In the years between Paris and now, the estimate rose in the aftermath of the USA and Russia abandoning targets, then fell again, along with real world emission trends.
Unabated: the Carbon Capture and Storage 86 billion tonne carbon bomb aimed at derailing a fossil phase out
The climate talks at COP28 have centred around the need for a fossil fuel phase out. Our analysis quantifies the risk posed by restricting a phase out commitment to only ‘unabated’ fossil fuels.
No change to warming as fossil fuel endgame brings focus onto false solutions
The CAT's annual warming estimate has risen by 0.1˚C to 2.5˚C. The estimate is largely influenced by weak existing targets rather than shifts triggered by updated Nationally Determined Contributions.
When will global greenhouse gas emissions peak?
The IPCC says peaking before 2025 is a critical step to keep the 1.5°C limit within reach. With emissions set to rise in 2023, this leaves limited time to act. To assess if we can meet this milestone, we look at when global emissions might peak, as well as what we can do to get there in time.
Wind and solar benchmarks for a 1.5°C world
This report presents a detailed methodology for determining the amount of wind and solar capacity that is required for a country to align with the Paris Agreement’s 1.5°C temperature goal. While the focus of the report is the method, it includes illustrative benchmarks for Brazil, China, India, Indonesia, Germany, South Africa.
A 1.5°C future is possible: getting fossil fuels out of the Philippine power sector
The Philippines is also one of the fastest-growing developing countries: poverty is in decline, access to energy is rising and, with that, demand for energy services. However, fossil fuels still dominate the energy system, accounting for 78% of power generation in 2022. This report sets out what the Philippines government needs to do to get the country’s power sector onto a 1.5˚C compatible emissions pathway, replacing fossil fuels with renewable energy.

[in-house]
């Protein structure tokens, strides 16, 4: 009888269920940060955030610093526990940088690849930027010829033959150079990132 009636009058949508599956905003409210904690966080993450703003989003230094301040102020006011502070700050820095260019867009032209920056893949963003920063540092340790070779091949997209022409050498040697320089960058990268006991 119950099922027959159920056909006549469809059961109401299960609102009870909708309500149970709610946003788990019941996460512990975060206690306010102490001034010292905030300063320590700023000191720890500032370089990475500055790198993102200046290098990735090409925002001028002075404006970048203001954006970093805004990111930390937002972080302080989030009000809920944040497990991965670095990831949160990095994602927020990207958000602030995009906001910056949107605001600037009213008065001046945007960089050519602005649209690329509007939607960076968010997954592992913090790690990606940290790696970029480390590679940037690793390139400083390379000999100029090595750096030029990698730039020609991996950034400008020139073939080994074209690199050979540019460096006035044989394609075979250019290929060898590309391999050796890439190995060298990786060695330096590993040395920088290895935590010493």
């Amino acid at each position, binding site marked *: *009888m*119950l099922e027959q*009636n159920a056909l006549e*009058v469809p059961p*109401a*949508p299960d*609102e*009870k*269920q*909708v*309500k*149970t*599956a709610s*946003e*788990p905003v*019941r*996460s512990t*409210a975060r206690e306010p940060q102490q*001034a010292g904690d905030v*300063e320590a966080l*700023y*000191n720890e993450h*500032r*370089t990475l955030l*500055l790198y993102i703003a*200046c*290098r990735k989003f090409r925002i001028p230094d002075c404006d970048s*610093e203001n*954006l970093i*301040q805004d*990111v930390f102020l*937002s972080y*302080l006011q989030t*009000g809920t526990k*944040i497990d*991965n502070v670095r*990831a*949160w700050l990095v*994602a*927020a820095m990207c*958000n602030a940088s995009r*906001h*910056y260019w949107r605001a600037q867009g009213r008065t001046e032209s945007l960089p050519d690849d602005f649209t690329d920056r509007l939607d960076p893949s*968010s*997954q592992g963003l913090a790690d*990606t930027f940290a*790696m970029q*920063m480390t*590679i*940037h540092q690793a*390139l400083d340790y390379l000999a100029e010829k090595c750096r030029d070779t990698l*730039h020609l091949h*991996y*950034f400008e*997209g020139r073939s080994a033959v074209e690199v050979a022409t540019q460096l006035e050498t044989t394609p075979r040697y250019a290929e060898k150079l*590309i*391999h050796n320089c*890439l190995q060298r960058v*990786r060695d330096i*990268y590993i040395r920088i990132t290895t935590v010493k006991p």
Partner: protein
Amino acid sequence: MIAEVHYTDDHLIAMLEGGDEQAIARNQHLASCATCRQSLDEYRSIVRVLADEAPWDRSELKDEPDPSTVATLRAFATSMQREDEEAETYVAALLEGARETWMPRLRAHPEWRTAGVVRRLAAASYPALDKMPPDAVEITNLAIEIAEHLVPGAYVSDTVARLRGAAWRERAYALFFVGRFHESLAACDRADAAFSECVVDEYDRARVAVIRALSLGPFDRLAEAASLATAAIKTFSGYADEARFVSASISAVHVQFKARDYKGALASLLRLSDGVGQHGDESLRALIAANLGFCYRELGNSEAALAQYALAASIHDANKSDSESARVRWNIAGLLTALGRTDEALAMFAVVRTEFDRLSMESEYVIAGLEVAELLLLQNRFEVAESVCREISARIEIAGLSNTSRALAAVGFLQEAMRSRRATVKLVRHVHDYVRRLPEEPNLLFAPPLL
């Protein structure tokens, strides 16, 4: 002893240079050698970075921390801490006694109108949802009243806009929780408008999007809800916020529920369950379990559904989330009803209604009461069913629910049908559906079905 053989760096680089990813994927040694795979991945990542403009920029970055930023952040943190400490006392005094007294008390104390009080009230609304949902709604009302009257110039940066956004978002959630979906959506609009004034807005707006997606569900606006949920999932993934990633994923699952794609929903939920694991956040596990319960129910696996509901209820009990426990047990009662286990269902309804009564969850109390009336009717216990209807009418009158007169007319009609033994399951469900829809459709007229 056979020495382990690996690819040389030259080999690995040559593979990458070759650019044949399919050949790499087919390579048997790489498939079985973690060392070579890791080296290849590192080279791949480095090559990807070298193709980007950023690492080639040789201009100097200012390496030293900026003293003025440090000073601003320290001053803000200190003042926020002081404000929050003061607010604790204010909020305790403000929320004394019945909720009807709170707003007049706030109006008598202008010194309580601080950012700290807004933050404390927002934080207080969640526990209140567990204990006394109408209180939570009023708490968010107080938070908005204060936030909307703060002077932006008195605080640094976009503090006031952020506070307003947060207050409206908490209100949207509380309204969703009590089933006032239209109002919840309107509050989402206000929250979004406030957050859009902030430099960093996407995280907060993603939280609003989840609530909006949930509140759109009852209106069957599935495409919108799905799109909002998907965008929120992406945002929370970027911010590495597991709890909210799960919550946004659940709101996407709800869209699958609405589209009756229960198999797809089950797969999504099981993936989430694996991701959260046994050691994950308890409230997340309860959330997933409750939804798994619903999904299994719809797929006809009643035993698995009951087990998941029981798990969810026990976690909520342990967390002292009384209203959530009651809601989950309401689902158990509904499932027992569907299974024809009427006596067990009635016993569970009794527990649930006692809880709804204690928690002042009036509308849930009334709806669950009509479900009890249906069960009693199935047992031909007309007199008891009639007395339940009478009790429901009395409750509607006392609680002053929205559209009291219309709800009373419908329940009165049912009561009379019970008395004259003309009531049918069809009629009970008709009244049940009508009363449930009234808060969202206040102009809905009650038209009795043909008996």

Production Gap Report 2023
Governments, in aggregate, still plan to produce more than double the amount of fossil fuels in 2030 than would be consistent with limiting warming to 1.5°C. The persistence of the global production gap puts a well-managed and equitable energy transition at risk.
Emissions impossible: Unpacking CSIRO GISERA Beetaloo Middle Arm fossil gas emissions estimates
This report provides an independent evaluation of the CSIRO and GISERA assessments of the potential greenhouse gas emissions that would result from the exploitation of the Beetaloo fossil shale gas reserves.
Adjusting 1.5°C climate change mitigation pathways in light of adverse new information
This study uses an integrated assessment model to explore how 1.5°C pathways could adjust in light of new adverse information, such as a reduced 1.5°C carbon budget, or slower-than-expected low-carbon technology deployment.
Railway development: lessons for the EU
This paper analyses how EU railway policy for a low-carbon future can be enhanced, drawing insights from Japan and Switzerland.
Ramping up energy storage: lessons for the EU
This paper explores how the EU can enhance its policy for a low-carbon future by learning from successful energy storage approaches in California, South Korea, and Australia.